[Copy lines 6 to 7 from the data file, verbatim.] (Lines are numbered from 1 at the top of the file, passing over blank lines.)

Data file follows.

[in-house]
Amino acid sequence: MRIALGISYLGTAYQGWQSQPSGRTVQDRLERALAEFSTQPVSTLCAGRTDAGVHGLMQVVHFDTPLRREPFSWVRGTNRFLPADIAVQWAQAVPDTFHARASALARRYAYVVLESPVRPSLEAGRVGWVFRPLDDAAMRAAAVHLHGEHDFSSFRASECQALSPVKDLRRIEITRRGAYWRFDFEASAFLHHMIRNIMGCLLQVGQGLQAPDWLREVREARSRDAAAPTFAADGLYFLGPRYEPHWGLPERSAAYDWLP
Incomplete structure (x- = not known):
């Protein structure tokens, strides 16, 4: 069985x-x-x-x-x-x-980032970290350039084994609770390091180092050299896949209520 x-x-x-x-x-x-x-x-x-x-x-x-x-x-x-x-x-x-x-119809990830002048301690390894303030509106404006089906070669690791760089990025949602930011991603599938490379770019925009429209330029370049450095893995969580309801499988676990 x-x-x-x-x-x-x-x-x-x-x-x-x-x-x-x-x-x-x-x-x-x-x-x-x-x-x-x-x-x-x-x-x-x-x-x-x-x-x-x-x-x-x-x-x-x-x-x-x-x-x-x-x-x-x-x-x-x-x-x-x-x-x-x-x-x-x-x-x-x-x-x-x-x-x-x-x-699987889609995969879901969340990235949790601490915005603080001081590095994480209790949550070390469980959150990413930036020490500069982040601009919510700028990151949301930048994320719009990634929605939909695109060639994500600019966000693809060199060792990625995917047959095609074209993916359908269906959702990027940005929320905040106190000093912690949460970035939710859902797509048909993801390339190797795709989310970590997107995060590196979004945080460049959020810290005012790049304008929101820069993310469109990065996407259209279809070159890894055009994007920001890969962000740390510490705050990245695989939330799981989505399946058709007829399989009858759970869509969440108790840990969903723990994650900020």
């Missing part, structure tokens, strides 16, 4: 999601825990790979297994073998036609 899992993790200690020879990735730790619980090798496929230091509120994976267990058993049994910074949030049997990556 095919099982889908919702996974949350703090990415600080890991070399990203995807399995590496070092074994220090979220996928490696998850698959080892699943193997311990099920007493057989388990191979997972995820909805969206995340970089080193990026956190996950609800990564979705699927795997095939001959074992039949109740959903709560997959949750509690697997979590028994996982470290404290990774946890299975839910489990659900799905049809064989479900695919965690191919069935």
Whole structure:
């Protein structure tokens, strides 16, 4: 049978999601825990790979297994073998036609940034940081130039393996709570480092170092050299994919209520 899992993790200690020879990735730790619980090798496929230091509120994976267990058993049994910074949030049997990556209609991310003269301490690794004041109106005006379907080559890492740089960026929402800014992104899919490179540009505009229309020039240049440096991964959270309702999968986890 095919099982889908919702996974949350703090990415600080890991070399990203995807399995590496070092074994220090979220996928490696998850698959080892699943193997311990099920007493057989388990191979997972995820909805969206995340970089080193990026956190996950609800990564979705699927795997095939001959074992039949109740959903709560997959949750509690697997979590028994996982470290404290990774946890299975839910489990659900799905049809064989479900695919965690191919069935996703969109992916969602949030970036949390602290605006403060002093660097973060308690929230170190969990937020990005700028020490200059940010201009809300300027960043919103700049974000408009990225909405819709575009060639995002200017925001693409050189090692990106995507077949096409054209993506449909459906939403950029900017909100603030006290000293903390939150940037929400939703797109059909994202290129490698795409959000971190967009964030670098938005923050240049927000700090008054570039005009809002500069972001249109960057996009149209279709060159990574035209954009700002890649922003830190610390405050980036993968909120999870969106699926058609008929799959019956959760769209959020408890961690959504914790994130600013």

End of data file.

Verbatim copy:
Whole structure:
């Protein structure tokens, strides 16, 4: 049978999601825990790979297994073998036609940034940081130039393996709570480092170092050299994919209520 899992993790200690020879990735730790619980090798496929230091509120994976267990058993049994910074949030049997990556209609991310003269301490690794004041109106005006379907080559890492740089960026929402800014992104899919490179540009505009229309020039240049440096991964959270309702999968986890 095919099982889908919702996974949350703090990415600080890991070399990203995807399995590496070092074994220090979220996928490696998850698959080892699943193997311990099920007493057989388990191979997972995820909805969206995340970089080193990026956190996950609800990564979705699927795997095939001959074992039949109740959903709560997959949750509690697997979590028994996982470290404290990774946890299975839910489990659900799905049809064989479900695919965690191919069935996703969109992916969602949030970036949390602290605006403060002093660097973060308690929230170190969990937020990005700028020490200059940010201009809300300027960043919103700049974000408009990225909405819709575009060639995002200017925001693409050189090692990106995507077949096409054209993506449909459906939403950029900017909100603030006290000293903390939150940037929400939703797109059909994202290129490698795409959000971190967009964030670098938005923050240049927000700090008054570039005009809002500069972001249109960057996009149209279709060159990574035209954009700002890649922003830190610390405050980036993968909120999870969106699926058609008929799959019956959760769209959020408890961690959504914790994130600013």